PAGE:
Book of Tens: Most Intriguing Deals of the Decade

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In June 2000, Washington Post Co. paid $178 million for an acquisition billed as "an important strategic move." Dot-com digital deal? A key media property? No. The company bought Quest Education, a chain of for-profit colleges.

By last year, Washington Post was generating more than half of revenue from various Kaplan education services. Kaplan Higher Education, which began with Quest, is now Washington Post's biggest source of revenue and profits.

MDC Partners in January 2001 bought 49% of Miami shop Crispin Porter & Bogusky, giving the small agency-holding company a big stake in what would be one of the decade's highest-profile creative agencies.

The agency went on to do more attention-getting work during the decade for clients such as BMW Mini, Volkswagen and current clients such as Burger King.

When MDC bought its initial stake, Crispin Chairman Chuck Porter said, "I think it's going to be a very cool partnership." Very cool and very hot.

When a group of investors bought the Boston Red Sox in 2002 for $660 million plus the assumption of $40 million in debt, they paid more than twice what any baseball team had garnered before that point, but they still got a great deal.

The Red Sox came with the New England Sports Network, a local cable network. When the Red Sox won the World Series in 2004, the network seized the highest average season ratings among regional sports networks. It's No. 1 in ratings to this day, according to Nielsen.

To take the measure of NBC's $1.25 billion deal for Bravo in 2002, a purchase that moved NBC into entertainment programming on cable, look at this month's announcement of a different transaction: Comcast Corp.'s deal for 51% of NBC Universal, when the acquisition of the broadcast network itself got scarce attention.

Cable has been on the march this decade as broadcast networks' audiences have eroded. NBC has declined to fourth place in broadcast ratings. Good thing it has Bravo and the other cablers in its portfolio.

If at first you don't succeed, try again. Comcast in 1999 cinched a deal to buy MediaOne, a merger that would combine the No. 3 and 4 cable-systems firms into a new No. 1. Then AT&T Corp. swooped in with a higher offer for MediaOne, and Comcast abandoned its bid in return for a $1.5 billion termination fee.

But AT&T's grand schemes failed to wow Wall Street, and the company in 2000 announced a complex bust-up. Enter Comcast, which struck a deal to buy AT&T Broadband for an attractive post-bubble price.

General Motors doesn't get a lot of credit for doing things right, so let's remember that its Hughes unit developed from scratch what is now the country's largest satellite TV service and, when it came time to cash out of its investment, a compelling target for Rupert Murdoch's News Corp.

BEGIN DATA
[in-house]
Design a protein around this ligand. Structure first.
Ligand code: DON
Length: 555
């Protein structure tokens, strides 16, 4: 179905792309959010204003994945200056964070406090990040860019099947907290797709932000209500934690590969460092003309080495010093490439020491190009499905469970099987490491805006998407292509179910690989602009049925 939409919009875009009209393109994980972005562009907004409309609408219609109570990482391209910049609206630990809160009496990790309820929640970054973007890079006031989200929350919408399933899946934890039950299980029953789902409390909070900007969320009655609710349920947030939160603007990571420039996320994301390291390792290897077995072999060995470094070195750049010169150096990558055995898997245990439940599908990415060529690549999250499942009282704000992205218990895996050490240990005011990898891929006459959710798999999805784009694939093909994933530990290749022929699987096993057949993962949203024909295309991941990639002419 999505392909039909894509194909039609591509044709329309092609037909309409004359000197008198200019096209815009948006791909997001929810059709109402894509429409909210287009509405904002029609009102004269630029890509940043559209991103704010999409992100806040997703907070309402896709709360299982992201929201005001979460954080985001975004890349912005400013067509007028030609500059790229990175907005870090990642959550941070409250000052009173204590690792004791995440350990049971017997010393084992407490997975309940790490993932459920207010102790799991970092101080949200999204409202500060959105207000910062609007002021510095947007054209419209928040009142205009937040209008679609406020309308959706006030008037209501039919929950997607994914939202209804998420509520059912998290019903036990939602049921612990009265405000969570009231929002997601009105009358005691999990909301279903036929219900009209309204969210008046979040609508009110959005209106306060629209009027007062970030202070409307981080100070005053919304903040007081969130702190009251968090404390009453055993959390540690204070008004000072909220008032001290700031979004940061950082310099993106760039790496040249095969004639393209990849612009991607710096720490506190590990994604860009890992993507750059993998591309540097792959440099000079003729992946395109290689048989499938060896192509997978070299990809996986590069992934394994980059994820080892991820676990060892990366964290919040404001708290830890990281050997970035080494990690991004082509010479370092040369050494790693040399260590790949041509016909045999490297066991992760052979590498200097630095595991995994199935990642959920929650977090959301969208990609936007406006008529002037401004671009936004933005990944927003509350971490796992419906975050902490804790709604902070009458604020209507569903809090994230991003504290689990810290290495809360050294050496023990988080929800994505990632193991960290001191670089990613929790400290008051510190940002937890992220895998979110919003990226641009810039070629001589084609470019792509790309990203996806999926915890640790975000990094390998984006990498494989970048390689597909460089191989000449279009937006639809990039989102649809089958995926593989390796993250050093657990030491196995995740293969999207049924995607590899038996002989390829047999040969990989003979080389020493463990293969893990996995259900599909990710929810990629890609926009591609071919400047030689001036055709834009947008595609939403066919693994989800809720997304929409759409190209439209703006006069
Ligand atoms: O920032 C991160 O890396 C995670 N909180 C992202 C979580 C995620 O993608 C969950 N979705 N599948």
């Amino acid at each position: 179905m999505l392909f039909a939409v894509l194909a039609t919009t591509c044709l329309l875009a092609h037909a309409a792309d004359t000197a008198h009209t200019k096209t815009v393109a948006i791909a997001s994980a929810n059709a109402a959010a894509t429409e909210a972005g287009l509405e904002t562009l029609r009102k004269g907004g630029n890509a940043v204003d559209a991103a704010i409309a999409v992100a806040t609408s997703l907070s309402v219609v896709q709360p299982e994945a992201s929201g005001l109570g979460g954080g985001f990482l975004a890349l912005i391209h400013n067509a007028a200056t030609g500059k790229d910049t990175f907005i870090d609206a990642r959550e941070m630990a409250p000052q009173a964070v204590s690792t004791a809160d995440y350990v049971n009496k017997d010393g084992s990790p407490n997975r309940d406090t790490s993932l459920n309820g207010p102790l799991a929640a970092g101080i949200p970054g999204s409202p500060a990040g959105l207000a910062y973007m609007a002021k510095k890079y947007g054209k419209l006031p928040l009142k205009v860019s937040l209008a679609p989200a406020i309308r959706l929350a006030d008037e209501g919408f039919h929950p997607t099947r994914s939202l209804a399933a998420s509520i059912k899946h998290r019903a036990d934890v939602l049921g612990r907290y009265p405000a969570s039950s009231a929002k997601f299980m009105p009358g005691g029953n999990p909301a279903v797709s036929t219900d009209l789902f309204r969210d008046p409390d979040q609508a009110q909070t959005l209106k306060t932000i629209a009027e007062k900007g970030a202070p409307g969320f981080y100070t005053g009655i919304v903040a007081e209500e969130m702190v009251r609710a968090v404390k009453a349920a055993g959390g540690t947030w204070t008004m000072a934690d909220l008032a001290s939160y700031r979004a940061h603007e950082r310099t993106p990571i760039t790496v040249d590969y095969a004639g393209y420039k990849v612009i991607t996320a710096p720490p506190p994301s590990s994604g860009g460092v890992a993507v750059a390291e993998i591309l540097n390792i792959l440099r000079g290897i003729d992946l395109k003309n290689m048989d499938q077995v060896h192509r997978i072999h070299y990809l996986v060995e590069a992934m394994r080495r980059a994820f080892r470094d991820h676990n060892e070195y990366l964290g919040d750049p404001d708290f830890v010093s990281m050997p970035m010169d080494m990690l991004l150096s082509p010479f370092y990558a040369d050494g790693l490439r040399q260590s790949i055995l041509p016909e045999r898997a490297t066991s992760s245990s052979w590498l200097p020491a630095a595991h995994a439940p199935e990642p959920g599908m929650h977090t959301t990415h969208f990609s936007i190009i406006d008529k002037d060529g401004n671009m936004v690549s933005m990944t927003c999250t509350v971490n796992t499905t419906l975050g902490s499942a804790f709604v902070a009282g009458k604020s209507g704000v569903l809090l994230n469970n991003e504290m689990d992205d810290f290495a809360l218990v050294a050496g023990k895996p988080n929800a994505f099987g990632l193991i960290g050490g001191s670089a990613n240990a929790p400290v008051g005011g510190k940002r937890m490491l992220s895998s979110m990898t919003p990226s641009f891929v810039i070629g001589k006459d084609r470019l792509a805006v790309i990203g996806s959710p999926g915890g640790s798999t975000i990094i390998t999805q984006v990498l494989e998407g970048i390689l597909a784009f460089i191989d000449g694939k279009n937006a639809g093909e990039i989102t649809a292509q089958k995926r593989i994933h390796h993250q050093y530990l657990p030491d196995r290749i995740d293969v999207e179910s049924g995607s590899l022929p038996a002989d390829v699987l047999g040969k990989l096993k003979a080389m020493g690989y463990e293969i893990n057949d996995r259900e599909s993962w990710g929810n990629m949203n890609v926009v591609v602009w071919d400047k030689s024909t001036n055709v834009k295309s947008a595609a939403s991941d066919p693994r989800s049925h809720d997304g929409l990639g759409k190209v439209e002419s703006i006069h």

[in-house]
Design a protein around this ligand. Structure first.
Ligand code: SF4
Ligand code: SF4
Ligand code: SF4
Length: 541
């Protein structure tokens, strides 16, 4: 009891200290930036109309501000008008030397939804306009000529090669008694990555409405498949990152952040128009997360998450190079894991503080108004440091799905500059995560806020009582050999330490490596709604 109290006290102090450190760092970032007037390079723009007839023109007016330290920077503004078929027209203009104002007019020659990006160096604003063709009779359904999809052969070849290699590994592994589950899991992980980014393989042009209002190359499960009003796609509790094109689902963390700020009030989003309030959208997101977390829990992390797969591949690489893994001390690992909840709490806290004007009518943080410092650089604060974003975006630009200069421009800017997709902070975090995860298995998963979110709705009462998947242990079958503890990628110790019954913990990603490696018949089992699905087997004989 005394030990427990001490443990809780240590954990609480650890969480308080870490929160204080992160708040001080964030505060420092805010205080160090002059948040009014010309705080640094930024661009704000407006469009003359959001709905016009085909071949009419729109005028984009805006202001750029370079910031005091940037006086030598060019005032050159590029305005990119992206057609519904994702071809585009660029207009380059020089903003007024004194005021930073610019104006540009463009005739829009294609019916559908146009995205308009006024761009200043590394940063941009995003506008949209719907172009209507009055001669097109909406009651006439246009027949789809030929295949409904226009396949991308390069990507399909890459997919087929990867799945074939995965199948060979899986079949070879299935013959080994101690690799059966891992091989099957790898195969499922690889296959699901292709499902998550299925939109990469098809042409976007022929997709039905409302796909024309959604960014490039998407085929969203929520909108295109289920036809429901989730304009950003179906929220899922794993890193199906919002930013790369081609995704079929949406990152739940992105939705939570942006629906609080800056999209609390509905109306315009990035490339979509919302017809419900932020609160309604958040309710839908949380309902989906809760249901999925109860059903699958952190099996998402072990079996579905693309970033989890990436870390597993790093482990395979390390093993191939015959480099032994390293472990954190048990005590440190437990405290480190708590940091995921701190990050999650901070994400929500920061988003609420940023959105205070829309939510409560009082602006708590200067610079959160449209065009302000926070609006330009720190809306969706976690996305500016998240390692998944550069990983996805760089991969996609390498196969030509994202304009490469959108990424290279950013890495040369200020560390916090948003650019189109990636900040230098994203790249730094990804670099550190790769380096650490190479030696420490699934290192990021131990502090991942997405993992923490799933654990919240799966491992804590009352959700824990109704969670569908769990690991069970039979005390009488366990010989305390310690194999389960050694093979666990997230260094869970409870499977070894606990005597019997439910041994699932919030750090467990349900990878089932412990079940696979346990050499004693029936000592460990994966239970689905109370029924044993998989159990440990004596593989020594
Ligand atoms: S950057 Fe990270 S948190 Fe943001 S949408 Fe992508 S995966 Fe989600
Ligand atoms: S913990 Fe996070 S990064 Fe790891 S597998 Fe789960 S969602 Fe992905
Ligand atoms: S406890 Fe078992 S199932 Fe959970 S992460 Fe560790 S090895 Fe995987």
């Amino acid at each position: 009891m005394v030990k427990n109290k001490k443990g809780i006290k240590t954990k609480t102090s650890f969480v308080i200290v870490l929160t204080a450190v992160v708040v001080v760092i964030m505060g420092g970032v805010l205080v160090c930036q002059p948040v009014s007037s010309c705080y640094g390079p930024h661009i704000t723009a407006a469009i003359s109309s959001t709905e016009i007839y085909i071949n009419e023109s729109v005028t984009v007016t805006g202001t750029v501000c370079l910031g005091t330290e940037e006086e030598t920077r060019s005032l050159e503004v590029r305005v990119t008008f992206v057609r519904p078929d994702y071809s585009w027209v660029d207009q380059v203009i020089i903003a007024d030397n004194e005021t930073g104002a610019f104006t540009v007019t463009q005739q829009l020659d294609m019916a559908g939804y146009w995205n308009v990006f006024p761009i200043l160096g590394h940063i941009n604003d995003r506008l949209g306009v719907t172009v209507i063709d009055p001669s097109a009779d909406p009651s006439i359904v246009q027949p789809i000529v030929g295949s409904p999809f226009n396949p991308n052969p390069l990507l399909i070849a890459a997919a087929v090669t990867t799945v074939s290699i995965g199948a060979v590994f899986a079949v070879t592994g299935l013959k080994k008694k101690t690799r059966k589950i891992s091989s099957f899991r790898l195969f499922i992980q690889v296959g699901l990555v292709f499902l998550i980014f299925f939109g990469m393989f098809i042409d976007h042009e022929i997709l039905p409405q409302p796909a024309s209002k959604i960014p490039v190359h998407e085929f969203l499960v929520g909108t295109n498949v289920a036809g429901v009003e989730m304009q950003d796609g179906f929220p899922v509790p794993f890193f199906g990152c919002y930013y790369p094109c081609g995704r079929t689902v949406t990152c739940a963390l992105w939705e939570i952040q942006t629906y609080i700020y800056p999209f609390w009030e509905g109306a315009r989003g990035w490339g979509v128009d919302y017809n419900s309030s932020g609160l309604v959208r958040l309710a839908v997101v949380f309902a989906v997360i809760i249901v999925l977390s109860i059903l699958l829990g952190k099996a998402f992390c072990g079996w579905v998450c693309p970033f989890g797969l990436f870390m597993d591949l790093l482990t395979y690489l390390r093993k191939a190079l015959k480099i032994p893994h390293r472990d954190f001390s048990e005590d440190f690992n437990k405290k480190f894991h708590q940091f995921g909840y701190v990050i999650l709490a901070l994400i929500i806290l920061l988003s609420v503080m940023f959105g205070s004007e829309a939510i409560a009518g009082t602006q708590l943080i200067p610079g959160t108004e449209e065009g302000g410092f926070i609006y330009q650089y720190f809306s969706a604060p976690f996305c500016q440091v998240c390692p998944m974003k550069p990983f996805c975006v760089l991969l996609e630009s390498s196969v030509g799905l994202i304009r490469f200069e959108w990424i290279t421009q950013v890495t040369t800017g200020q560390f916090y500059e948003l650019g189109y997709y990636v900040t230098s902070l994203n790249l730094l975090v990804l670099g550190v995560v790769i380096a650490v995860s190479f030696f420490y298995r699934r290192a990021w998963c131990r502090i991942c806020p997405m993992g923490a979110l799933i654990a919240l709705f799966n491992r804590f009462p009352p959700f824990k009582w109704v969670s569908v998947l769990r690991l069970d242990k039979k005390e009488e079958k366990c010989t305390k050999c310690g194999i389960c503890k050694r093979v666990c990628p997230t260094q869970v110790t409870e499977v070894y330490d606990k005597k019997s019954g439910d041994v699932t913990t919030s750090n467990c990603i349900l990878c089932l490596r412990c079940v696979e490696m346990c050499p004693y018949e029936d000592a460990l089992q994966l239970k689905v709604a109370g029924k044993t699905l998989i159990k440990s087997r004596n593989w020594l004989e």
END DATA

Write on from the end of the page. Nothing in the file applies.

GM secured a deal giving News Corp. a 34% stake in DirecTV for $6.8 billion, which was later flipped to Liberty Media, but the '03 deal is a reminder that floundering GM has, on occasion, created real value and capitalized on it.

The smartest deal sometimes is selling, not buying. Consider Freedom Communications, owner of California's Orange County Register, controlled by the R.C. Hoiles family since 1935.

Early this decade, the family sold 48% of their shares to private equity firms before, crippled by debt amid recession and a weakening newspaper market, Freedom filed for Chapter 11 in 2009. Under a proposed reorganization, creditors would get a 98% ownership stake; the private-equity firms and family would keep 2%.

Steve Jobs spent $10 million for the computer graphics division of Lucasfilm in 1986 and made it an independent company called Pixar. So let's grant that Disney's $7.4 billion acquisition of Pixar 20 years later was lucrative for Mr. Jobs.

But Disney got its money's worth. Pixar has continued to overperform at the box office and in DVD sales. "The recent success of Pixar's 'Up' (well ahead of our forecasts) has renewed investor confidence in Disney's creative capabilities," a Pali Research analyst wrote this year.

YouTube is still trying to figure out the right ad model to cash in on the videos it hosts and plays, but Google -- which bought YouTube three years ago for $1.65 billion -- can afford to be patient.

While YouTube works on making real money from ads attached to videos, it's already collecting a pile of cash on the big rich-media ads it's been selling atop its home page since April. Google says YouTube's home page was 90% sold out over the third quarter. And YouTube collects six figures every day these ads run.

Washington Mutual collapsed in September '08, another calamity in the stunning financial crisis of fall 2008. The scale of failure was stunning; WaMu was the largest bank failure in U.S. history, with 10 times the assets of the next biggest failed bank.

The bank reopened the next morning under a new owner, JPMorgan Chase, which bought WaMu in a bargain $1.9 billion deal arranged by the FDIC. The addition of WaMu's branches gave Chase the nation's second-largest branch network, reaching 42% of the U.S. population.

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